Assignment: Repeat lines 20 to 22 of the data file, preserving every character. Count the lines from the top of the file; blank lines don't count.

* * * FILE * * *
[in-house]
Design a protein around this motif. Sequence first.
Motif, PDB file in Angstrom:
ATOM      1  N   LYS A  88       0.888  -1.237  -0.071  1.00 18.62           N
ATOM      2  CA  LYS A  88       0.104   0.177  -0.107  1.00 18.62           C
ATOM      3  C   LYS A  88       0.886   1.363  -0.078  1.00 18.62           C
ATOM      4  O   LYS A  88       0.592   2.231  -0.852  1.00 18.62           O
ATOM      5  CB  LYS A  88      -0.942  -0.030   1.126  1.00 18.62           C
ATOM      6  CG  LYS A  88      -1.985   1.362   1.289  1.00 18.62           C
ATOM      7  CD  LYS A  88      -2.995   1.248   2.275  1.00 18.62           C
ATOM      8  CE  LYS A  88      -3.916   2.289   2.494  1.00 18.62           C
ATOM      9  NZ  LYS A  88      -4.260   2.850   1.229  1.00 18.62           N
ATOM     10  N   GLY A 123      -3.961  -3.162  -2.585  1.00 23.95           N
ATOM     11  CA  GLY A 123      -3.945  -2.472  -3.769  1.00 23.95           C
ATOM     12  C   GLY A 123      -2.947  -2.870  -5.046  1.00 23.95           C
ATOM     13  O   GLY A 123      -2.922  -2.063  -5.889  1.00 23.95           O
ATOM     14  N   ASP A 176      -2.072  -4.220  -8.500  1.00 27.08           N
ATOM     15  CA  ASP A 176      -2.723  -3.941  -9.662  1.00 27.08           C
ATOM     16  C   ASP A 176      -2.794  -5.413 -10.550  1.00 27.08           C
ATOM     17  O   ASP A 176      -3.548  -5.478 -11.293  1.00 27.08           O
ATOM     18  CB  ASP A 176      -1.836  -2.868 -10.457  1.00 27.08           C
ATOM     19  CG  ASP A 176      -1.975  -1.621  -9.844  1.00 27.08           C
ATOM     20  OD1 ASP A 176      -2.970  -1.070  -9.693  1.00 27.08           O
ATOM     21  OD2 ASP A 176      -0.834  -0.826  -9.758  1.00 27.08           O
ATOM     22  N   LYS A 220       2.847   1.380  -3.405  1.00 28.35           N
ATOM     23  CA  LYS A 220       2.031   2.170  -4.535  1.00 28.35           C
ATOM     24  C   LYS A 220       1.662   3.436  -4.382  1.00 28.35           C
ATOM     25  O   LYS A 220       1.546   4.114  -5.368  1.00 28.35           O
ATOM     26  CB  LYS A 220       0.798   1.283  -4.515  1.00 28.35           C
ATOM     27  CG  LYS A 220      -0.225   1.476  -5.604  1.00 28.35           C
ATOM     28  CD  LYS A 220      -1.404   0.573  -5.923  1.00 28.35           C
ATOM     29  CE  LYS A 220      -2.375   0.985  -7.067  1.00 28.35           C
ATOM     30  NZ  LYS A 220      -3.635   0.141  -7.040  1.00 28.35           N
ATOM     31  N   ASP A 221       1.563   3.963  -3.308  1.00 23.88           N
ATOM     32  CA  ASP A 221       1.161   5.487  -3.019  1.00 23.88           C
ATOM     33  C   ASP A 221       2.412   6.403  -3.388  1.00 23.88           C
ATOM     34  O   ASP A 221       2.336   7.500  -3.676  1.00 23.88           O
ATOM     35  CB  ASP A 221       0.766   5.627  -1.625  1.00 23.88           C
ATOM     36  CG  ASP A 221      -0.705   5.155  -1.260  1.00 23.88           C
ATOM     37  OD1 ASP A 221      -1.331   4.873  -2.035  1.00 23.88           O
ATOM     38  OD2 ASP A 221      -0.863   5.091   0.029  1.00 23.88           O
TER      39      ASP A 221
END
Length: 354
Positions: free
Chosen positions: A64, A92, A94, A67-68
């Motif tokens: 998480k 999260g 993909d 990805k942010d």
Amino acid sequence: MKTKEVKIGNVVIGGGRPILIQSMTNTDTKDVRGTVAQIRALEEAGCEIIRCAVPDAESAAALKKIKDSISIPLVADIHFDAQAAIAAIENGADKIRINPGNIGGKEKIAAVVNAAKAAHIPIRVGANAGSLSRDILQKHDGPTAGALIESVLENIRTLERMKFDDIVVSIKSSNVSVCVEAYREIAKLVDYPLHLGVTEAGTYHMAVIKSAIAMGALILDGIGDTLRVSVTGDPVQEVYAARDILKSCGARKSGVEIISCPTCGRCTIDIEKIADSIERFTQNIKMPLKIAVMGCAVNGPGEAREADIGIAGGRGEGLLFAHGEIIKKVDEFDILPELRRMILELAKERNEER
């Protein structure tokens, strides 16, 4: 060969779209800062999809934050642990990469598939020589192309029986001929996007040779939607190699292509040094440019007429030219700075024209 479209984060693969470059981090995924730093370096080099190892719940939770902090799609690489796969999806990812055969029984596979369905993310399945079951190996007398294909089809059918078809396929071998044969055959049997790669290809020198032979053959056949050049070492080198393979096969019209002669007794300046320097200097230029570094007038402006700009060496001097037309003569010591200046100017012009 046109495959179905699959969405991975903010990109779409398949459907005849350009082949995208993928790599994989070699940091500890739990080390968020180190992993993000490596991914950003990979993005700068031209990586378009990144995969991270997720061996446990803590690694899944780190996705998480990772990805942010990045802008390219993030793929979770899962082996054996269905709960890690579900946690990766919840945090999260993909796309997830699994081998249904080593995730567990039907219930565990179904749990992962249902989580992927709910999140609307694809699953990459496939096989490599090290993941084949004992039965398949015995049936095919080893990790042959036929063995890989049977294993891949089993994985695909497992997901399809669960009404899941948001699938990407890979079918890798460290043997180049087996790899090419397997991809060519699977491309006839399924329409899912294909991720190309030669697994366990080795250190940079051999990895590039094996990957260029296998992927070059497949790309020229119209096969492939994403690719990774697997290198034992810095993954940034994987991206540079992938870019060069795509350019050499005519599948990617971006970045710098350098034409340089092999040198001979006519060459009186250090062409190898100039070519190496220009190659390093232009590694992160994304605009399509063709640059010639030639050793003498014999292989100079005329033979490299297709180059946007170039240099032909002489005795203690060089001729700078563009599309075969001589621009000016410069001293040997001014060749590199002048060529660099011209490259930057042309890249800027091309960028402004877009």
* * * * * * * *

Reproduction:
ATOM     17  O   ASP A 176      -3.548  -5.478 -11.293  1.00 27.08           O
ATOM     18  CB  ASP A 176      -1.836  -2.868 -10.457  1.00 27.08           C
ATOM     19  CG  ASP A 176      -1.975  -1.621  -9.844  1.00 27.08           C